SCEC2023 Plenary Talk, Computational Science (CS)

Embracing the complexities of earthquake modeling

Alice-Agnes Gabriel

Oral Presentation

2023 SCEC Annual Meeting, SCEC Contribution #13295
Connecting observational data and high-performance cyberinfrastructure will allow for next-generation earthquake modeling. The lack of quantitative data on timescales capturing multiple large earthquake cycles is a fundamental impediment to progress in the field. Physics-based simulations provide the only path for overcoming the lack of data and elucidating multi-scale dynamics and spatiotemporal patterns that extend the knowledge beyond sporadic case studies and regional statistical laws. However, despite increasingly high-quality geodetic, seismic, and field observations, data-driven earthquake imaging yields stark differences, and rapid physics-based models exploring all observed dynamic complexities are often elusive or costly.

The destructive 2023 Mw 7.8-7.7 earthquake doublet is a prime example of how complexities across different time and space scales call for the reassessment of common assumptions on earthquake physics. I will showcase how we integrate multi-scale seismic and space-geodetic observations with multi-fault kinematic inversions and dynamic rupture modeling to unravel the events’ complex rupture history and stress-mediated fault interactions. Mechanically consistent dynamic models accounting for fault interactions can explain the unexpected rupture paths and require heterogeneous background stress. Our results highlight the importance of combining near- and far-field observations with data-driven and physics-based models for seismic hazard assessment.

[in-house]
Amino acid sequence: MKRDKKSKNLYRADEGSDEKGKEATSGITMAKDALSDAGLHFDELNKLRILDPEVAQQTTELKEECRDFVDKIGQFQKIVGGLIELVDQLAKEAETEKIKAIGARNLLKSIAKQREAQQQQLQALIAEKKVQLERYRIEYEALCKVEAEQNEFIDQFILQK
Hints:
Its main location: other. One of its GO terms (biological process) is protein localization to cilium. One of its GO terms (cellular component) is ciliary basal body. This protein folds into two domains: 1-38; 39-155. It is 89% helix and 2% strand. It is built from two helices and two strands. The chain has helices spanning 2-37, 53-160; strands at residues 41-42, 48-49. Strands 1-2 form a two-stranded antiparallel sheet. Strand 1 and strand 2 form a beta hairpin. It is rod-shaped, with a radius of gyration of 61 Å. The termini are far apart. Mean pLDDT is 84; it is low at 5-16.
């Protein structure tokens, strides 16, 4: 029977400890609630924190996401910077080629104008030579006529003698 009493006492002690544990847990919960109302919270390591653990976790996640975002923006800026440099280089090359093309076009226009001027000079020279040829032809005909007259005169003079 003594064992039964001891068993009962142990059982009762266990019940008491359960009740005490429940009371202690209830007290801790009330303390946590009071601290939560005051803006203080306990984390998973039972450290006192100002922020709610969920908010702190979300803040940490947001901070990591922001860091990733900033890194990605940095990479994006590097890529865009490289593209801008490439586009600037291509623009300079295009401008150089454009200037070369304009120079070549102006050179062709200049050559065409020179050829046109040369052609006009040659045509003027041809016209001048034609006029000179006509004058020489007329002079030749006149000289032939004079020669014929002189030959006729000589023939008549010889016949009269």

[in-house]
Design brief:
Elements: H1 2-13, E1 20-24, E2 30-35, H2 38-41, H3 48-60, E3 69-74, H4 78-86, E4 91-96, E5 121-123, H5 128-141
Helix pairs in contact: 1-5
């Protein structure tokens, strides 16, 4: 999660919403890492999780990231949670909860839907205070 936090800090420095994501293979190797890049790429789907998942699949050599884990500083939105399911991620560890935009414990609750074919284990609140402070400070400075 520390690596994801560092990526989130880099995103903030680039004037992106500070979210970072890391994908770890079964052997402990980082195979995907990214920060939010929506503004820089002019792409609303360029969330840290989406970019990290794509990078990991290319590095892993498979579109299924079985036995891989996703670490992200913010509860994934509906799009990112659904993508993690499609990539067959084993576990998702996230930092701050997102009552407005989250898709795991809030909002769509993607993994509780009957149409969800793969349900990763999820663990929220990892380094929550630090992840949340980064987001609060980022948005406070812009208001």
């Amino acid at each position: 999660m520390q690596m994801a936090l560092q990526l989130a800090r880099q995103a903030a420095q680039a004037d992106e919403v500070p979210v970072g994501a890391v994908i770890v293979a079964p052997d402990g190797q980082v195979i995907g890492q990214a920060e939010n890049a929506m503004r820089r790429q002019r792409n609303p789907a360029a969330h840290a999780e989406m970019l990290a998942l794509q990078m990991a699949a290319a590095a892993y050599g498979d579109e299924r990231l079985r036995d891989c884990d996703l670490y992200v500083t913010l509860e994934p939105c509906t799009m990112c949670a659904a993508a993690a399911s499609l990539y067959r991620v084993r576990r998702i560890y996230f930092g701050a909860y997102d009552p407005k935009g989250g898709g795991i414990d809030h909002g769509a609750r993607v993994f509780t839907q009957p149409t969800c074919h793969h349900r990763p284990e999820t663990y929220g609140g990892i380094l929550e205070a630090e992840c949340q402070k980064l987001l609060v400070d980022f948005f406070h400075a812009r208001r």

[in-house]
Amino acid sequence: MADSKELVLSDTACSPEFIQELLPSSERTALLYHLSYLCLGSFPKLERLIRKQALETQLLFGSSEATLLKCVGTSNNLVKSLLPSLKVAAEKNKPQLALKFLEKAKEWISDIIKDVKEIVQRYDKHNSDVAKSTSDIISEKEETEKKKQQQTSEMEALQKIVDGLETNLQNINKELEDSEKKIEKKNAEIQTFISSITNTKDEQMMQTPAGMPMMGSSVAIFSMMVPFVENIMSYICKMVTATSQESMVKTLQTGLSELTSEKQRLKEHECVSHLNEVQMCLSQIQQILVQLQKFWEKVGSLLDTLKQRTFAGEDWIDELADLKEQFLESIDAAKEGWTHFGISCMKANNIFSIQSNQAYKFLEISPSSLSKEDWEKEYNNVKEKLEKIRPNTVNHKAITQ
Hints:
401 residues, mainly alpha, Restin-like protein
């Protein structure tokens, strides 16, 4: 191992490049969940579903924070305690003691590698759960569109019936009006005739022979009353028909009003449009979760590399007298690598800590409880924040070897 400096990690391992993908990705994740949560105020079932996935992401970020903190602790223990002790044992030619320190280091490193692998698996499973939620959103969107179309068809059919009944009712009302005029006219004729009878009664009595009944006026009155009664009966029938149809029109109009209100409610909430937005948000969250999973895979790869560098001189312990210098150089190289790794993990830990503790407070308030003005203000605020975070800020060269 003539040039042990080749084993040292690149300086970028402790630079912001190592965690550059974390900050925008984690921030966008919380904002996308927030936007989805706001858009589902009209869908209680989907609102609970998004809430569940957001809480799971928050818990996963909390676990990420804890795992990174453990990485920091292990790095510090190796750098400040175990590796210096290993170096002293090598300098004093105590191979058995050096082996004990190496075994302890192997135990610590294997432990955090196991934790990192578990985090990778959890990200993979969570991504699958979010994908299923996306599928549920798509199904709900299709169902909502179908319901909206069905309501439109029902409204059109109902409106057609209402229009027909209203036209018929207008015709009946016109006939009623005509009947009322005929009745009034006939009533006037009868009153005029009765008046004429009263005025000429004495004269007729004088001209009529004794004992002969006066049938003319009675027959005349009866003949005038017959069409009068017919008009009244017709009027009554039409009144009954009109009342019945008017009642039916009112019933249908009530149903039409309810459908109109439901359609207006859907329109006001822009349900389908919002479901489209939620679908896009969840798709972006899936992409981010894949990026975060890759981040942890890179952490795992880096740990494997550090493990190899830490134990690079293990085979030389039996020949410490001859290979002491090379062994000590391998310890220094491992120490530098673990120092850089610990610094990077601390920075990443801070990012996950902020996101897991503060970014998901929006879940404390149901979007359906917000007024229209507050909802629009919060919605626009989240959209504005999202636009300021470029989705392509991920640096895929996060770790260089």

As we transition SCEC's focus to encompass the broader transform plate boundary, this talk aims to stimulate discussions on the importance of bridging the gap between data-driven observations and physics-based understanding utilizing cyberinfrastructure. By embracing the complexities of earthquakes and utilizing HPC modeling and data science capacities, we can pave the way for future - large-scale and physics-based - seismic hazard mitigation. Next-generation earthquake simulation output has additional significant practical relevance: for example, the results of data-intensive computations can be used to construct reduced-order models which enable the evaluation of new EQ scenarios instantaneously and without resorting to HPC infrastructure. It will be crucial to integrate the tools for developing advanced physics-based earthquake simulations and big observational data sets while ensuring accessibility of the results of such models to broad communities of users.